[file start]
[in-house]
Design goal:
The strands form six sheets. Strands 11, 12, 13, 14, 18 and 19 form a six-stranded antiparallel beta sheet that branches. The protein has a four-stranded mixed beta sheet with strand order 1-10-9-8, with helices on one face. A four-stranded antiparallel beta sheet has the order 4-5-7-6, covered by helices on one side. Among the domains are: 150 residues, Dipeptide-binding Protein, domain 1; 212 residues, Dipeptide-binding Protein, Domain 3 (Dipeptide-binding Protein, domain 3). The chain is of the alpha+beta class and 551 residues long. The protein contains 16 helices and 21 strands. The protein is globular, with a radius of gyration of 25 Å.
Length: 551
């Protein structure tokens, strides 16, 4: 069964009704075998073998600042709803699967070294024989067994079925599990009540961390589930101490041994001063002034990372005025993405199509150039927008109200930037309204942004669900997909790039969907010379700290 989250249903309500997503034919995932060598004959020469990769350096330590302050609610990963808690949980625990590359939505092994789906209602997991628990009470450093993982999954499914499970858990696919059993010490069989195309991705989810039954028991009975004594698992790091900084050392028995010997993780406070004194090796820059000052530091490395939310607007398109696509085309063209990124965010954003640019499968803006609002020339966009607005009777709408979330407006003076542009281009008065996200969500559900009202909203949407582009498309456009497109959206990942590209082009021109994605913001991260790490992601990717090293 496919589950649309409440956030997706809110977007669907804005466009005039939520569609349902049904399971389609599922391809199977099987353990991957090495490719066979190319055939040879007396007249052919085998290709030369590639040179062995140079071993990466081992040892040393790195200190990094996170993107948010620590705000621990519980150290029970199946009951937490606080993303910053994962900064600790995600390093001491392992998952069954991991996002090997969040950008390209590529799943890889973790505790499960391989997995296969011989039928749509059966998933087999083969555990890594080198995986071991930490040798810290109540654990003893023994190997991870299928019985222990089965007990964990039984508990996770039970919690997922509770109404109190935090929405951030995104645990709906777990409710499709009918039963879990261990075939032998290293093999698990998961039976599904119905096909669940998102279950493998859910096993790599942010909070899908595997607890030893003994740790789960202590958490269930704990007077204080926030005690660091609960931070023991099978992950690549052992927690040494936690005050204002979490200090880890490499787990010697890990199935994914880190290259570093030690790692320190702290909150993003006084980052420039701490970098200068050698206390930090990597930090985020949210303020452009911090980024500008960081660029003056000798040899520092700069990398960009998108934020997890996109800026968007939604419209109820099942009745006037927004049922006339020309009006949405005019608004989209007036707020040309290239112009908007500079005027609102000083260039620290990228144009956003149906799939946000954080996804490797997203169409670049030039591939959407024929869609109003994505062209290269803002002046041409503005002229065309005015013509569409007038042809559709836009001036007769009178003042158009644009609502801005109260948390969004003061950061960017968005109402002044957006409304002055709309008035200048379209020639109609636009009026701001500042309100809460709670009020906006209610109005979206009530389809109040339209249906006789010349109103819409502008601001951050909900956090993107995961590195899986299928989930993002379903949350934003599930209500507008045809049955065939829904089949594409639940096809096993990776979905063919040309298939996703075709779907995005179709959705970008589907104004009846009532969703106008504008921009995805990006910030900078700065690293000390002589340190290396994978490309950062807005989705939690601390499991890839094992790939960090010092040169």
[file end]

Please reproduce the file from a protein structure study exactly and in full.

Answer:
[in-house]
Design goal:
The strands form six sheets. Strands 11, 12, 13, 14, 18 and 19 form a six-stranded antiparallel beta sheet that branches. The protein has a four-stranded mixed beta sheet with strand order 1-10-9-8, with helices on one face. A four-stranded antiparallel beta sheet has the order 4-5-7-6, covered by helices on one side. Among the domains are: 150 residues, Dipeptide-binding Protein, domain 1; 212 residues, Dipeptide-binding Protein, Domain 3 (Dipeptide-binding Protein, domain 3). The chain is of the alpha+beta class and 551 residues long. The protein contains 16 helices and 21 strands. The protein is globular, with a radius of gyration of 25 Å.
Length: 551
């Protein structure tokens, strides 16, 4: 069964009704075998073998600042709803699967070294024989067994079925599990009540961390589930101490041994001063002034990372005025993405199509150039927008109200930037309204942004669900997909790039969907010379700290 989250249903309500997503034919995932060598004959020469990769350096330590302050609610990963808690949980625990590359939505092994789906209602997991628990009470450093993982999954499914499970858990696919059993010490069989195309991705989810039954028991009975004594698992790091900084050392028995010997993780406070004194090796820059000052530091490395939310607007398109696509085309063209990124965010954003640019499968803006609002020339966009607005009777709408979330407006003076542009281009008065996200969500559900009202909203949407582009498309456009497109959206990942590209082009021109994605913001991260790490992601990717090293 496919589950649309409440956030997706809110977007669907804005466009005039939520569609349902049904399971389609599922391809199977099987353990991957090495490719066979190319055939040879007396007249052919085998290709030369590639040179062995140079071993990466081992040892040393790195200190990094996170993107948010620590705000621990519980150290029970199946009951937490606080993303910053994962900064600790995600390093001491392992998952069954991991996002090997969040950008390209590529799943890889973790505790499960391989997995296969011989039928749509059966998933087999083969555990890594080198995986071991930490040798810290109540654990003893023994190997991870299928019985222990089965007990964990039984508990996770039970919690997922509770109404109190935090929405951030995104645990709906777990409710499709009918039963879990261990075939032998290293093999698990998961039976599904119905096909669940998102279950493998859910096993790599942010909070899908595997607890030893003994740790789960202590958490269930704990007077204080926030005690660091609960931070023991099978992950690549052992927690040494936690005050204002979490200090880890490499787990010697890990199935994914880190290259570093030690790692320190702290909150993003006084980052420039701490970098200068050698206390930090990597930090985020949210303020452009911090980024500008960081660029003056000798040899520092700069990398960009998108934020997890996109800026968007939604419209109820099942009745006037927004049922006339020309009006949405005019608004989209007036707020040309290239112009908007500079005027609102000083260039620290990228144009956003149906799939946000954080996804490797997203169409670049030039591939959407024929869609109003994505062209290269803002002046041409503005002229065309005015013509569409007038042809559709836009001036007769009178003042158009644009609502801005109260948390969004003061950061960017968005109402002044957006409304002055709309008035200048379209020639109609636009009026701001500042309100809460709670009020906006209610109005979206009530389809109040339209249906006789010349109103819409502008601001951050909900956090993107995961590195899986299928989930993002379903949350934003599930209500507008045809049955065939829904089949594409639940096809096993990776979905063919040309298939996703075709779907995005179709959705970008589907104004009846009532969703106008504008921009995805990006910030900078700065690293000390002589340190290396994978490309950062807005989705939690601390499991890839094992790939960090010092040169």